It won't come as much of a surprise to most dog owners, but new research has shown that man's best friend is a lot more likely to steal food when nobody's looking, suggesting for the first time that dogs can understand a human's point of view.
Dr Juliane Kaminski, of the University of Portsmouth, has shown that when a human forbids a dog from taking food, they're four times more likely to disobey in a dark room than a lit room, suggesting they take into account what the human can or cannot see.
"That's incredible, because it implies dogs understand the human can't see them, meaning they might understand the human perspective," she says.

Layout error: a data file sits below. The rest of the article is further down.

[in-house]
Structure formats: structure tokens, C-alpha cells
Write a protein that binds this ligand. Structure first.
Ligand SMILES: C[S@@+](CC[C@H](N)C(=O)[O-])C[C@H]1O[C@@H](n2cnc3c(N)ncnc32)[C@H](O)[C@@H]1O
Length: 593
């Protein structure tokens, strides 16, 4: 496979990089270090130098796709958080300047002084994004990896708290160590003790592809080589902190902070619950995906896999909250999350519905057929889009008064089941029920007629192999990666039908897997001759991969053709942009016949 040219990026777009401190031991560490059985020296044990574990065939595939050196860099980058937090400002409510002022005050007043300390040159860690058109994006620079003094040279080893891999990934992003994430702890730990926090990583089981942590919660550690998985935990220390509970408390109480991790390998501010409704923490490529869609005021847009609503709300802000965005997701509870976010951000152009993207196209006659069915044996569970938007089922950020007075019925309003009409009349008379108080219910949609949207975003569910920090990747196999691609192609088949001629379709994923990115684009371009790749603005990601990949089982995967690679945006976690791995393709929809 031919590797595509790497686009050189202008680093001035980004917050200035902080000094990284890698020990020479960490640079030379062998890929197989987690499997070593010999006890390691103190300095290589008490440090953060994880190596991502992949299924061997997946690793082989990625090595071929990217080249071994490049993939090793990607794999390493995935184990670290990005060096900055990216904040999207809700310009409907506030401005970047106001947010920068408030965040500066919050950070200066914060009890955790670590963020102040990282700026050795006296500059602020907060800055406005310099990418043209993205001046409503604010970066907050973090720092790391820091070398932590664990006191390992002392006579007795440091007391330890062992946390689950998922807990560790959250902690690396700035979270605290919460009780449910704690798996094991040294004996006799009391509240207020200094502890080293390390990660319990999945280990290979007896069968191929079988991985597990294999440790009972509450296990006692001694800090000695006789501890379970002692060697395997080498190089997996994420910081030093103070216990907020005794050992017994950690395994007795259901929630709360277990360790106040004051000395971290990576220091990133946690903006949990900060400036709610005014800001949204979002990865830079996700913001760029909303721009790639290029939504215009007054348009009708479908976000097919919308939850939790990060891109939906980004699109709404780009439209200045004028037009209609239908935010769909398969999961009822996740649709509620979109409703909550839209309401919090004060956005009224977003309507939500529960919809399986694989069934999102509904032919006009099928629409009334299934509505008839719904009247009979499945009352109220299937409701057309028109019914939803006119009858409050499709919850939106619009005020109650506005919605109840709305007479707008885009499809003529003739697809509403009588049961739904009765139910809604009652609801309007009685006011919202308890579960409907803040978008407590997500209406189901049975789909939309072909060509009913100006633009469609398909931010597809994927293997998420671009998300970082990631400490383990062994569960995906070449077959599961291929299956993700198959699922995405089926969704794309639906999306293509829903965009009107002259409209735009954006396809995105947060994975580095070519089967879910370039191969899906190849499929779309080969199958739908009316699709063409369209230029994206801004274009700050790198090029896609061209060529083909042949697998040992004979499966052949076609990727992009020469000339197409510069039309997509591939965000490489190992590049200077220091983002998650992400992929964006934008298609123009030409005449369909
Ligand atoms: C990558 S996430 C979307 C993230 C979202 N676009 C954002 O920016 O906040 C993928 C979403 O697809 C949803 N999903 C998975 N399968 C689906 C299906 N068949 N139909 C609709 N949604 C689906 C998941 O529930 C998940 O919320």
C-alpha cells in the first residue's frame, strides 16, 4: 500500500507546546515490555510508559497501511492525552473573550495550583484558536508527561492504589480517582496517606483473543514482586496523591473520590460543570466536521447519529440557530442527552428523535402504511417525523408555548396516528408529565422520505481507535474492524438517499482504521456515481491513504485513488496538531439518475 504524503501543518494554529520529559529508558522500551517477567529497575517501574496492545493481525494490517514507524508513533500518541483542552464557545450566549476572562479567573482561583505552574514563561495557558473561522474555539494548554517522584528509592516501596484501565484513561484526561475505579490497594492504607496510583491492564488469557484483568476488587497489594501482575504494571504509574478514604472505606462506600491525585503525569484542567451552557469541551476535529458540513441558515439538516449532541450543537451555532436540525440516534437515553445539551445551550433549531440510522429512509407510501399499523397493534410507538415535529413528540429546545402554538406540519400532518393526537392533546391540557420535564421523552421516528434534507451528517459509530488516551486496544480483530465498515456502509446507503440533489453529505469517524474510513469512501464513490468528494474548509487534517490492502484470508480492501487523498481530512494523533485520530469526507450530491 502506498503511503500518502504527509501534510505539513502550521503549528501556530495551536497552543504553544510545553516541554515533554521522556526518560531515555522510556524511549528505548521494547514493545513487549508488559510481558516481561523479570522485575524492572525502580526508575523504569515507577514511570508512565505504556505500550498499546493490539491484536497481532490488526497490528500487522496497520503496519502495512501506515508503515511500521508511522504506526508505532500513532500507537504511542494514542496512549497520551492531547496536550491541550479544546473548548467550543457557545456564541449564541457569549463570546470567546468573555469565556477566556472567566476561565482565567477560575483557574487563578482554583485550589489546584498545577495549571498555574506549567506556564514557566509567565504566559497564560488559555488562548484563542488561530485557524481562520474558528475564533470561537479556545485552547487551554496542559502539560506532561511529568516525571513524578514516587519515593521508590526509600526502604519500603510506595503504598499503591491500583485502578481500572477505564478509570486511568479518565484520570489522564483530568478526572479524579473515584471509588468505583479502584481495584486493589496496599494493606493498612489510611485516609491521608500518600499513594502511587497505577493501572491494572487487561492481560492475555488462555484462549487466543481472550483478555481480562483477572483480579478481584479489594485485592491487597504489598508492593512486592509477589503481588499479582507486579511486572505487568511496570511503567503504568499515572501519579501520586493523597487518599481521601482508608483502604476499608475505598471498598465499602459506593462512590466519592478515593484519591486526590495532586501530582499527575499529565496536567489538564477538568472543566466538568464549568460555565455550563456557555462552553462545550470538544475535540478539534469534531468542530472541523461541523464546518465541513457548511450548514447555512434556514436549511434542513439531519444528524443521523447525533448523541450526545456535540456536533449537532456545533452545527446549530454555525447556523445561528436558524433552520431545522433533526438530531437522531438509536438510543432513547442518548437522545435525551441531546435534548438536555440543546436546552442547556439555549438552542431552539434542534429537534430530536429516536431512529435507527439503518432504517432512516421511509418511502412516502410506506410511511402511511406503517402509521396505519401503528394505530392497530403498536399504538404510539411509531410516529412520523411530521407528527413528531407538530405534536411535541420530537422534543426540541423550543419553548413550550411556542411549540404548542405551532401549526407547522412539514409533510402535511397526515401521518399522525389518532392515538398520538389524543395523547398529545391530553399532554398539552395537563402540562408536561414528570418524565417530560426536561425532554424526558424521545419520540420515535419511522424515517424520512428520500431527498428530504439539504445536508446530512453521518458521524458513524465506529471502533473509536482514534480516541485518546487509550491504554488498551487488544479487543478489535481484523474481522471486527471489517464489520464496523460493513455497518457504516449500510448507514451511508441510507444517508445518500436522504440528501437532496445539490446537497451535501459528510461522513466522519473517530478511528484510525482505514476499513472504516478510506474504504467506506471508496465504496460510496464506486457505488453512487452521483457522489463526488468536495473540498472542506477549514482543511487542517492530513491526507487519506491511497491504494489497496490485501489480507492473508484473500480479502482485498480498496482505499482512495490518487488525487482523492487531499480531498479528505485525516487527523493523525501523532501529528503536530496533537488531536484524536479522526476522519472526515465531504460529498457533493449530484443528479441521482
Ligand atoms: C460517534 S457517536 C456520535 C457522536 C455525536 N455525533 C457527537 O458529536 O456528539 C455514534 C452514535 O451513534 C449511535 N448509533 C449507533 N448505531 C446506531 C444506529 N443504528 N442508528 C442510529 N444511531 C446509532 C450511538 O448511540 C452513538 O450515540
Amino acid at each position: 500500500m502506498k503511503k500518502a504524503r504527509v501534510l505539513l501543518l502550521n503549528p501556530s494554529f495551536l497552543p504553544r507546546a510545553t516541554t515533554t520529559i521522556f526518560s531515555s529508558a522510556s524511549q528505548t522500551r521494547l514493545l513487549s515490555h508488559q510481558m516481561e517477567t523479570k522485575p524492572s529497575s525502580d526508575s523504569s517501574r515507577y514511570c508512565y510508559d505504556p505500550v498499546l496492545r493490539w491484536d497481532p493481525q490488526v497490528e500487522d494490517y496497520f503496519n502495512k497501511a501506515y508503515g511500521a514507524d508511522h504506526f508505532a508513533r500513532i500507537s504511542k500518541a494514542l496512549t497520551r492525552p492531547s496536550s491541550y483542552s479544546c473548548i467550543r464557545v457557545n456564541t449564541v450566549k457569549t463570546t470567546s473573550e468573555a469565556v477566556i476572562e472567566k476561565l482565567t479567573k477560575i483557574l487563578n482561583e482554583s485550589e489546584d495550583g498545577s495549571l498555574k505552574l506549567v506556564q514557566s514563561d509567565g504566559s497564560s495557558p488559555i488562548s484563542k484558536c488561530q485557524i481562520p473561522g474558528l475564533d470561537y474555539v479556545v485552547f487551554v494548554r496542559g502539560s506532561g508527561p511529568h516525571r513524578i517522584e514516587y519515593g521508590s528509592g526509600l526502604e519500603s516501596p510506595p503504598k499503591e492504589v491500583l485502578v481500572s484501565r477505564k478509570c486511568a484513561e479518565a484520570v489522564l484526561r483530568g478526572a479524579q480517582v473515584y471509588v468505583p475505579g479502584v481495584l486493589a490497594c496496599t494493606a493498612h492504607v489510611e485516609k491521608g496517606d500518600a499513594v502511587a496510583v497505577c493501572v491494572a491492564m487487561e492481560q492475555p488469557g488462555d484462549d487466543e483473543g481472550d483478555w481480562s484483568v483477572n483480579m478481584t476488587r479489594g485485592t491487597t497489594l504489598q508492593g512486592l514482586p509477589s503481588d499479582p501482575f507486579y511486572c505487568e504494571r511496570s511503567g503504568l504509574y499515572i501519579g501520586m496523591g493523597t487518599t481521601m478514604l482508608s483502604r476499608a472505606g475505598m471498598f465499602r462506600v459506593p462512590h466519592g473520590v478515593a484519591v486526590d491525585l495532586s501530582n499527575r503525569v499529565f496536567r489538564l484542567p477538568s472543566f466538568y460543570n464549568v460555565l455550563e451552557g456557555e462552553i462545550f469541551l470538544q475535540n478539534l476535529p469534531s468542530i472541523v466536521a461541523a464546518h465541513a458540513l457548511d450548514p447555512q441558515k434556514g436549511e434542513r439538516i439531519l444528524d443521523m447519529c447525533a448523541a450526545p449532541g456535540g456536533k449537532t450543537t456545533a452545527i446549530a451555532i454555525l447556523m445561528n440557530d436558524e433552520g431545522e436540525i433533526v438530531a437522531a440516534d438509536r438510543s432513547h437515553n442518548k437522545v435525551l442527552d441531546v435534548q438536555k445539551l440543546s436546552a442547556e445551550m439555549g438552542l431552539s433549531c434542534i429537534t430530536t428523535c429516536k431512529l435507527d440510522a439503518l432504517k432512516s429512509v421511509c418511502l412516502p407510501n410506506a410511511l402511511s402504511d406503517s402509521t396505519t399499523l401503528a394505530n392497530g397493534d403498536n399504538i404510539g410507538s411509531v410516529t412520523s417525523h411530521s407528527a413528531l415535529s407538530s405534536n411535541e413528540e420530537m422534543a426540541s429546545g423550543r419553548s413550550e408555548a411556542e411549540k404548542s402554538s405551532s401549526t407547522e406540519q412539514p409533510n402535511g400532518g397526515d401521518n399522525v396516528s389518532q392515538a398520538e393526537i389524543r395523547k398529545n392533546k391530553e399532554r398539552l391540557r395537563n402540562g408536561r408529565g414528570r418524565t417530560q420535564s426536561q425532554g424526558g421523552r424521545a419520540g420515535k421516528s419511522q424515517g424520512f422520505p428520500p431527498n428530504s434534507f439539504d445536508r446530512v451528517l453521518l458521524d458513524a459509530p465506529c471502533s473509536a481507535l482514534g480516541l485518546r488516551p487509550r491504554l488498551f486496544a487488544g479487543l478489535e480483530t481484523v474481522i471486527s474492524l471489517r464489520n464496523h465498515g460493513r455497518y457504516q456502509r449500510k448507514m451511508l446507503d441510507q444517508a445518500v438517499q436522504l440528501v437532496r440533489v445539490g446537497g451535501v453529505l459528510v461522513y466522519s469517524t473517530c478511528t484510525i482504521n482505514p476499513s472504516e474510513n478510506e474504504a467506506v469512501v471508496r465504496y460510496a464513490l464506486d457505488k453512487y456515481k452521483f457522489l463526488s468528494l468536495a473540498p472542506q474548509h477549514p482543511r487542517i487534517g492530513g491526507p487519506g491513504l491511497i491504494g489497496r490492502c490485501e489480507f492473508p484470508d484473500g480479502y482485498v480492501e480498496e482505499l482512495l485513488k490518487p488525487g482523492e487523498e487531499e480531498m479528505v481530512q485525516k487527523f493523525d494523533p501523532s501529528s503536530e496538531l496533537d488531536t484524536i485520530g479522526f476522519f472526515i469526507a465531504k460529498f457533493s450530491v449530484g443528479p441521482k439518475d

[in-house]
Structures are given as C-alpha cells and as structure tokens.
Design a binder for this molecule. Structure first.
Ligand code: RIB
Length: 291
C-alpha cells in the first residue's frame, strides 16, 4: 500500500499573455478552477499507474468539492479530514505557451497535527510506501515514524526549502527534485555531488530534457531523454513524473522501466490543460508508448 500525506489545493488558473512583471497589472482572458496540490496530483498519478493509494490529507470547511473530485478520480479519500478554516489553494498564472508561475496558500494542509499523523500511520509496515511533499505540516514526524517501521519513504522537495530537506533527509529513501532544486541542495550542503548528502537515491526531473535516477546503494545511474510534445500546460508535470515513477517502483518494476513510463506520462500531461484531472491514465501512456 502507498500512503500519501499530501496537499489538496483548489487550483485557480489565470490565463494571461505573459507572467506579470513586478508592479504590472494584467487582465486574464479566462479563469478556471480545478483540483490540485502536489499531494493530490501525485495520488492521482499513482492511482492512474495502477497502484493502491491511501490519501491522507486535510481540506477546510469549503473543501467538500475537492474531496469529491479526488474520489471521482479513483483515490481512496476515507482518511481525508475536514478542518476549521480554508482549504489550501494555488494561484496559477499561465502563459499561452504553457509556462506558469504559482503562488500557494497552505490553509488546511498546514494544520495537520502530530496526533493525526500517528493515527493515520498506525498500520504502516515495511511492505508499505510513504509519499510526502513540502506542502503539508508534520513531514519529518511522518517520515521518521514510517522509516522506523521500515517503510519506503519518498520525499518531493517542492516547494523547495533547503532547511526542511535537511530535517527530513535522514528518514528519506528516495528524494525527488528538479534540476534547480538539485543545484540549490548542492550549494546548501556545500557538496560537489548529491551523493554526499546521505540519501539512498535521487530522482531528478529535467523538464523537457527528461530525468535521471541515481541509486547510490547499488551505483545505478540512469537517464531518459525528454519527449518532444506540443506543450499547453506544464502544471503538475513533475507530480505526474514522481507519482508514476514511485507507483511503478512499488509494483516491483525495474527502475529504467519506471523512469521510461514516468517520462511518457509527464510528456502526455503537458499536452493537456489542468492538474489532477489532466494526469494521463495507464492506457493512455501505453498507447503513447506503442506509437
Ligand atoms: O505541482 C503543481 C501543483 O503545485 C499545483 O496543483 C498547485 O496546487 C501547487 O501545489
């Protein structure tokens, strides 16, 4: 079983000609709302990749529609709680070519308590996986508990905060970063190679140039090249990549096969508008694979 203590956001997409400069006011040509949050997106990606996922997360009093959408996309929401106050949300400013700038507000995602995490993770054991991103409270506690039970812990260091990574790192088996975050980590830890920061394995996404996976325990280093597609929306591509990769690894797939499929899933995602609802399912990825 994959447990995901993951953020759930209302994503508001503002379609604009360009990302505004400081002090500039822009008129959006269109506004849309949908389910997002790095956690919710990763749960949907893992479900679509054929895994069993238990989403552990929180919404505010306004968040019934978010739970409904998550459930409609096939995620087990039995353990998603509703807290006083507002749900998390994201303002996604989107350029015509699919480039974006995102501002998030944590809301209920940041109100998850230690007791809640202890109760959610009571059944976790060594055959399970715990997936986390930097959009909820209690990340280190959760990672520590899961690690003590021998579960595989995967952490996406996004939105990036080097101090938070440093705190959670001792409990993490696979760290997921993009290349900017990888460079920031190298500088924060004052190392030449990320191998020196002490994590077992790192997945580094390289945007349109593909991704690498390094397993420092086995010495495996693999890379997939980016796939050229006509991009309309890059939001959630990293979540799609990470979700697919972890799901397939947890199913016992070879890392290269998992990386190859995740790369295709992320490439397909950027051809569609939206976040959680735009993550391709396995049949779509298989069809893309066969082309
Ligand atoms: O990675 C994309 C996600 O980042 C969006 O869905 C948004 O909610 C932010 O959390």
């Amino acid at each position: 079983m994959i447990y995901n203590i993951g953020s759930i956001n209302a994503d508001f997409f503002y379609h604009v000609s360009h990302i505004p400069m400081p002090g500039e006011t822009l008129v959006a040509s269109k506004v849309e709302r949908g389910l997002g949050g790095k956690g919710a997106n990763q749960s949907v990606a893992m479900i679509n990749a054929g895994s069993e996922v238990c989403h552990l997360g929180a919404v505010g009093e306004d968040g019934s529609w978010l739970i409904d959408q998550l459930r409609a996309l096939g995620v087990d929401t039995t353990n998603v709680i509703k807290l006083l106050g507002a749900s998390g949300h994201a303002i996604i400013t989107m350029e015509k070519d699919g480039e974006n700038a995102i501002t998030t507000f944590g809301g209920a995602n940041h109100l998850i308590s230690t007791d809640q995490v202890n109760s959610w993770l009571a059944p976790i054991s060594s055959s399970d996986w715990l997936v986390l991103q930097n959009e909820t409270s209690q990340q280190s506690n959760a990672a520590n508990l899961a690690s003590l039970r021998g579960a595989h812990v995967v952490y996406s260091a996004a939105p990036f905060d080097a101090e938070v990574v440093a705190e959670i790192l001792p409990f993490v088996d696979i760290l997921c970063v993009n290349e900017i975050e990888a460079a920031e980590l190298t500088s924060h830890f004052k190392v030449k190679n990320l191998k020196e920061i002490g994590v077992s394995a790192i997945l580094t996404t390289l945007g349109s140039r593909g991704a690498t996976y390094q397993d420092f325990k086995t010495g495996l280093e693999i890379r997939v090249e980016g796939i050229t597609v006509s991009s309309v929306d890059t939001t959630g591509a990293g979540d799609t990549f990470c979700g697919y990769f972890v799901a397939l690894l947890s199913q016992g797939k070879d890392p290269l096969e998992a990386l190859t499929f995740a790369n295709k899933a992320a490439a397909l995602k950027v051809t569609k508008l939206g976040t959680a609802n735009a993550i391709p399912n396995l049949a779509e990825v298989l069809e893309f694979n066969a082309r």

"But we still can't be completely sure if the results mean dogs have a truly flexible understanding of the mind and others' minds. It has always been assumed only humans had this ability."
Dr Kaminski ran a series of experiments in varied light conditions. In each test, a dog was forbidden by a human from taking food. When the room was dark, the dogs took more food - and took it more quickly - than when the room was lit.
"The results of these tests suggest that dogs are deciding it's safer to steal the food when the room is dark because they understand something of the human's perspective," says Kaminski.
Previous studies have shown that chimpanzees seem to know when someone else can or can't see them, and can also remember what others have seen in the past. It's not clear how sophisticated dogs' understanding is in comparison.
Many earlier research papers have found that, for dogs, a human's eyes are an important signal when deciding how to behave, and that they respond more willingly to attentive humans than to inattentive ones.